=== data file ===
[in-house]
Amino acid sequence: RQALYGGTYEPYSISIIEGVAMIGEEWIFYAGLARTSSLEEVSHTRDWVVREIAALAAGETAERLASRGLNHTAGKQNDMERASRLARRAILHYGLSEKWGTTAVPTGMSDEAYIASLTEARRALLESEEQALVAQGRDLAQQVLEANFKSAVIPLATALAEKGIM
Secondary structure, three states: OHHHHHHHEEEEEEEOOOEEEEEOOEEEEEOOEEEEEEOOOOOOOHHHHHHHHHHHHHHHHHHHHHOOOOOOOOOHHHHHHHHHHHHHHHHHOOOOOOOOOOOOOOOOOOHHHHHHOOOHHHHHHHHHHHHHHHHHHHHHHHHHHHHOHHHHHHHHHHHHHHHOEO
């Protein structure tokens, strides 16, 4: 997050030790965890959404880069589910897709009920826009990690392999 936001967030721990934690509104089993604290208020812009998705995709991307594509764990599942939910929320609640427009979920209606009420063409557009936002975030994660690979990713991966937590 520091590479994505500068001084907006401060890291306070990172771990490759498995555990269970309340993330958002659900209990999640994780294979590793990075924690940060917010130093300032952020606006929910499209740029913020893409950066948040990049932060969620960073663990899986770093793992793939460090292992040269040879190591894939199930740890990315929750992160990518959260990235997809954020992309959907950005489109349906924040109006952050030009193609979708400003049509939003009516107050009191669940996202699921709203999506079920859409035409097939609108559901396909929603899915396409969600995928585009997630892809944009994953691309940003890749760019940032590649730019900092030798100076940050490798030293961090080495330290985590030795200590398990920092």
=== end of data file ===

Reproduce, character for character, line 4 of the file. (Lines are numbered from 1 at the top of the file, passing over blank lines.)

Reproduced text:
């Protein structure tokens, strides 16, 4: 997050030790965890959404880069589910897709009920826009990690392999 936001967030721990934690509104089993604290208020812009998705995709991307594509764990599942939910929320609640427009979920209606009420063409557009936002975030994660690979990713991966937590 520091590479994505500068001084907006401060890291306070990172771990490759498995555990269970309340993330958002659900209990999640994780294979590793990075924690940060917010130093300032952020606006929910499209740029913020893409950066948040990049932060969620960073663990899986770093793992793939460090292992040269040879190591894939199930740890990315929750992160990518959260990235997809954020992309959907950005489109349906924040109006952050030009193609979708400003049509939003009516107050009191669940996202699921709203999506079920859409035409097939609108559901396909929603899915396409969600995928585009997630892809944009994953691309940003890749760019940032590649730019900092030798100076940050490798030293961090080495330290985590030795200590398990920092």